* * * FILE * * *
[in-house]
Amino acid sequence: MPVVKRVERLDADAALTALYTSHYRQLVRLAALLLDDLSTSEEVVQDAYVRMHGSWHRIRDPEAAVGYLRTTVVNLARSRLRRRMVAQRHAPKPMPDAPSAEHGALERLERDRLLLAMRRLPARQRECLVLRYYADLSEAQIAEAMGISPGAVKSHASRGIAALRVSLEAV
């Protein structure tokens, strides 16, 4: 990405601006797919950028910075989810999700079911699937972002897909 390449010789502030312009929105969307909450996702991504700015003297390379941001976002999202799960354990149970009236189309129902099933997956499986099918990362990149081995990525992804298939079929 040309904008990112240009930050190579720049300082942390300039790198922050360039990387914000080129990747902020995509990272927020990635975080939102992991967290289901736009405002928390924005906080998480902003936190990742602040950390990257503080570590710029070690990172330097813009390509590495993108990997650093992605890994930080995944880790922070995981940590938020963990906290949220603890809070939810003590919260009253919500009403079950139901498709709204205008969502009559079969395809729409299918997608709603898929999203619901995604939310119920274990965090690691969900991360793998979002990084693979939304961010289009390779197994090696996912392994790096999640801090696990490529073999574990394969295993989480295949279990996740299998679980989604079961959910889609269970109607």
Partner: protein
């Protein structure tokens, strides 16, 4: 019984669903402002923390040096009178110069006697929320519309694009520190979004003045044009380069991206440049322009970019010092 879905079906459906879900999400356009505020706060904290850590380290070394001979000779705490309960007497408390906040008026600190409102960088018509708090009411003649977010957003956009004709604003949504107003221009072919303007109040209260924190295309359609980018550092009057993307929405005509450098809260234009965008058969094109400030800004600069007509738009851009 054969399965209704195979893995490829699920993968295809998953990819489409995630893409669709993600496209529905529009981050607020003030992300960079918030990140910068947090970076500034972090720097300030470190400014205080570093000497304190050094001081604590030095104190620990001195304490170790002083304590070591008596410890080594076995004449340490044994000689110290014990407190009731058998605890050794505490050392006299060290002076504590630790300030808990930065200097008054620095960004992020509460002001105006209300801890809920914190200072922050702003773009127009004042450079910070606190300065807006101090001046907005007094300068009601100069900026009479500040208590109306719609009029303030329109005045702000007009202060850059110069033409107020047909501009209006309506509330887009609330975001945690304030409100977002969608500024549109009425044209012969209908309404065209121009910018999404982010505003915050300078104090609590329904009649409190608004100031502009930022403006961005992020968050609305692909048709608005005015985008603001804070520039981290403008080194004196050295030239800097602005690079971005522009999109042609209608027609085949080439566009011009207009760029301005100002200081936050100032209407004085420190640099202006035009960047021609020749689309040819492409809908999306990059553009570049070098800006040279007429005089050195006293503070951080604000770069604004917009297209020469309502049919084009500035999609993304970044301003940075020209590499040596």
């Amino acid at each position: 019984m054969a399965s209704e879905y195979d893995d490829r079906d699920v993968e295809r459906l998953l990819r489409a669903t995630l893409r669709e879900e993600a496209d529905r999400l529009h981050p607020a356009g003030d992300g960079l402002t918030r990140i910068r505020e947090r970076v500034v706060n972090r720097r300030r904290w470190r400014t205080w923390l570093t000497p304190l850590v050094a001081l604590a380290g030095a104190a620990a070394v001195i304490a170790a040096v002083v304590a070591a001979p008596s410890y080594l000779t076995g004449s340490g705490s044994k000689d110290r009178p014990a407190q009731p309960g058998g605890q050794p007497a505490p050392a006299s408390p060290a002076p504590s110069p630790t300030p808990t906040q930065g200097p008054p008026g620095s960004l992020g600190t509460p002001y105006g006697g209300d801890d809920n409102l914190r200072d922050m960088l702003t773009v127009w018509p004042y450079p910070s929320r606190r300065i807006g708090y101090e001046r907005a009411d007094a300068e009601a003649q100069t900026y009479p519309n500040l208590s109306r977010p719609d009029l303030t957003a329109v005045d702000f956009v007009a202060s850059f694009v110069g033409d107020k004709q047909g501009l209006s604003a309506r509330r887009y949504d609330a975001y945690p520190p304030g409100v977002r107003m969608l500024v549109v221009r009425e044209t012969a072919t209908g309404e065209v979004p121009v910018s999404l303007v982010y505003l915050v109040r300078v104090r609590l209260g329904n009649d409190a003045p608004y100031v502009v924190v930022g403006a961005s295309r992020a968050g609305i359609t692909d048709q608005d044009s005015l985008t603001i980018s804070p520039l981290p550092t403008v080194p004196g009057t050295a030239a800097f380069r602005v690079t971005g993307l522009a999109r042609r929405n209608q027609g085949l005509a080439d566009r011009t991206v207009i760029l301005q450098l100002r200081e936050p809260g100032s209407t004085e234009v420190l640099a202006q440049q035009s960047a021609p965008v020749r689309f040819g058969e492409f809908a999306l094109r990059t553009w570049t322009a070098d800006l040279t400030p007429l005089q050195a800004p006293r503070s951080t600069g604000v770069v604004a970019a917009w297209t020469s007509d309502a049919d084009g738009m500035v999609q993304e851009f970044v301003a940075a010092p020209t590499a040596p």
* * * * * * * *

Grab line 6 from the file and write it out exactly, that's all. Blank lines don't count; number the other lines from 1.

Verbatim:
């Amino acid at each position: 019984m054969a399965s209704e879905y195979d893995d490829r079906d699920v993968e295809r459906l998953l990819r489409a669903t995630l893409r669709e879900e993600a496209d529905r999400l529009h981050p607020a356009g003030d992300g960079l402002t918030r990140i910068r505020e947090r970076v500034v706060n972090r720097r300030r904290w470190r400014t205080w923390l570093t000497p304190l850590v050094a001081l604590a380290g030095a104190a620990a070394v001195i304490a170790a040096v002083v304590a070591a001979p008596s410890y080594l000779t076995g004449s340490g705490s044994k000689d110290r009178p014990a407190q009731p309960g058998g605890q050794p007497a505490p050392a006299s408390p060290a002076p504590s110069p630790t300030p808990t906040q930065g200097p008054p008026g620095s960004l992020g600190t509460p002001y105006g006697g209300d801890d809920n409102l914190r200072d922050m960088l702003t773009v127009w018509p004042y450079p910070s929320r606190r300065i807006g708090y101090e001046r907005a009411d007094a300068e009601a003649q100069t900026y009479p519309n500040l208590s109306r977010p719609d009029l303030t957003a329109v005045d702000f956009v007009a202060s850059f694009v110069g033409d107020k004709q047909g501009l209006s604003a309506r509330r887009y949504d609330a975001y945690p520190p304030g409100v977002r107003m969608l500024v549109v221009r009425e044209t012969a072919t209908g309404e065209v979004p121009v910018s999404l303007v982010y505003l915050v109040r300078v104090r609590l209260g329904n009649d409190a003045p608004y100031v502009v924190v930022g403006a961005s295309r992020a968050g609305i359609t692909d048709q608005d044009s005015l985008t603001i980018s804070p520039l981290p550092t403008v080194p004196g009057t050295a030239a800097f380069r602005v690079t971005g993307l522009a999109r042609r929405n209608q027609g085949l005509a080439d566009r011009t991206v207009i760029l301005q450098l100002r200081e936050p809260g100032s209407t004085e234009v420190l640099a202006q440049q035009s960047a021609p965008v020749r689309f040819g058969e492409f809908a999306l094109r990059t553009w570049t322009a070098d800006l040279t400030p007429l005089q050195a800004p006293r503070s951080t600069g604000v770069v604004a970019a917009w297209t020469s007509d309502a049919d084009g738009m500035v999609q993304e851009f970044v301003a940075a010092p020209t590499a040596p």